Unlike most of his prior works, this time Egoyan shoots from a script not his own. The screenplay credit goes to Benjamin August, his first produced; the screenwriter's prior claim to fame came from working as a casting director for the reality TV show, "Fear Factor" over a decade ago. Perhaps this screenplay, which riffs heavily on Christopher Nolan's Memento, is just as old, though there is an inherent watchability to its main hook that at least brings a modicum of suspense in seeing how it will play out, even if it is repeatedly done in the most clunky of ways during each stop in the journey. It's a Hitchcockian plot, but unlike the Master, Egoyan thinks that it's the plot mechanics that make for nail-biting tension, failing to put much effort into using music, lighting, editing or camera movement to capture us in the moment, the spellbinding techniques that can often help us to forget about the implausibility of it plot turns. Alas, Remember is so slack in its pacing, we're practically forced to mull over the ridiculousness of such scenes as Zev's clumsy purchasing of a powerful firearm and the ease by which he can smuggle it across national borders. In a film with a more respectful hand toward its own issues, we could read into these moments as a commentary on the ease by which a gun may be purchased in the United States, the porousness of the US/Canada border, and the lax attitude toward the elderly as those who couldn't possibly mean harm. Given the lack of commentary on more important issues, they feel more like excessively convenient narrative shortcuts that should have had a great deal of tension, but play out too matter-of-fact to keep you on edge.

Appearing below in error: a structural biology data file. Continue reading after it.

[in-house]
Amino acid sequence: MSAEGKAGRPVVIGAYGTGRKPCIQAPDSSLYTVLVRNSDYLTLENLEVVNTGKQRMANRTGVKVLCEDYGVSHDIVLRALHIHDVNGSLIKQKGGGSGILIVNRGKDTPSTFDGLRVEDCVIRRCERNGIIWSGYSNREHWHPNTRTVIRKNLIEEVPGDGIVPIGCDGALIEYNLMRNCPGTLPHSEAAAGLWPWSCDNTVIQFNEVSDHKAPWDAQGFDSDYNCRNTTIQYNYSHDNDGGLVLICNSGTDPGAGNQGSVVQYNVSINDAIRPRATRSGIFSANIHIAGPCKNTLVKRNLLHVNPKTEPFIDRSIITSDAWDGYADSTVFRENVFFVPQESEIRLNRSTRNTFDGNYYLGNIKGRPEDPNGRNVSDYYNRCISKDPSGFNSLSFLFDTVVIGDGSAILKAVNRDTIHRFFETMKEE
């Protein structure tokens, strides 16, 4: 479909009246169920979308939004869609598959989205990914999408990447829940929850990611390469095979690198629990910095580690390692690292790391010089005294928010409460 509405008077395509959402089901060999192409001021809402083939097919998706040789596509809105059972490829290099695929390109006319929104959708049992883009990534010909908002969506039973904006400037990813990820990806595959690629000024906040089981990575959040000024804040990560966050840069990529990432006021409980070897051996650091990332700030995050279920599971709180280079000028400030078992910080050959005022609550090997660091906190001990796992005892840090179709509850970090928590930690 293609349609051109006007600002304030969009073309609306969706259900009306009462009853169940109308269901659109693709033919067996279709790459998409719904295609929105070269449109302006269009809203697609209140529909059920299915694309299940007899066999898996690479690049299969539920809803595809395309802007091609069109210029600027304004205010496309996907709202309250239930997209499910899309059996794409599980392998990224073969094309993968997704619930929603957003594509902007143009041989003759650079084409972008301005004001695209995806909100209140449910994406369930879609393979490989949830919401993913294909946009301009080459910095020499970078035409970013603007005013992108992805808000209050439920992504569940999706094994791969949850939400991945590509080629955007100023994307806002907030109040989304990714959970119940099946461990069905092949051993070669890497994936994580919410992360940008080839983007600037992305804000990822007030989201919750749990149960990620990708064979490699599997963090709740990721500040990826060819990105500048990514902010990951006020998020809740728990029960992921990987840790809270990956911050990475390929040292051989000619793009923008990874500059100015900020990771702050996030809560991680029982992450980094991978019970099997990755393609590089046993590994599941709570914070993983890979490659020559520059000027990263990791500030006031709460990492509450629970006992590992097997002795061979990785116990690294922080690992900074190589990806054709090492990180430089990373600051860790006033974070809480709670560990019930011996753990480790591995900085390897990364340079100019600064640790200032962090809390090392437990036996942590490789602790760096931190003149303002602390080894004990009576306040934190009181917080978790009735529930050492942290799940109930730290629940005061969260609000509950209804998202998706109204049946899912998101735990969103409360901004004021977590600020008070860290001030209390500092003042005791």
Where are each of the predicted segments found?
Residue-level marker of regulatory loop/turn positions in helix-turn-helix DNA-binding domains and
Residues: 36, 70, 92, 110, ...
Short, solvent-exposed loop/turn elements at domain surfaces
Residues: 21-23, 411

As with his main protagonist, Egoyan seems to have a hard time trying to remember how to properly tell a story, as he so ably would do in his early work from the 1990s, like The Sweet Hereafter, Exotica, and Felicia's Journey. His handling and framing of his actors comes across as awkward and wooden much of the time, and plot developments aren't so much nudged and they are forced into submission with a stern twist of the arm, making the entirety of the film's tone feel anxious and pushy. In one ludicrous scene set in Idaho, Zev is greeted by the police officer son of one of his potential marks, who bewilderingly proceeds to let this stranger into his home, reveal far too much in conversation, then begin to show Zev his father's 'super-cool' collection of Nazi memorabilia without so much as vetting Guttman before gleefully showing him, within mere minutes, a series of disturbing artifacts that even a Aryan-loving skinhead would think twice about showing to a person they know to be racist. There are also two aggressively obnoxious scenes involving Zev interacting with children that makes one wonder how long it has been since Egoyan has observed how kids behave. It's no wonder that most of the humanity of the themes fail to emerge when the character motivations in the movie aren't remotely close to anything a real human would do or say in their situations.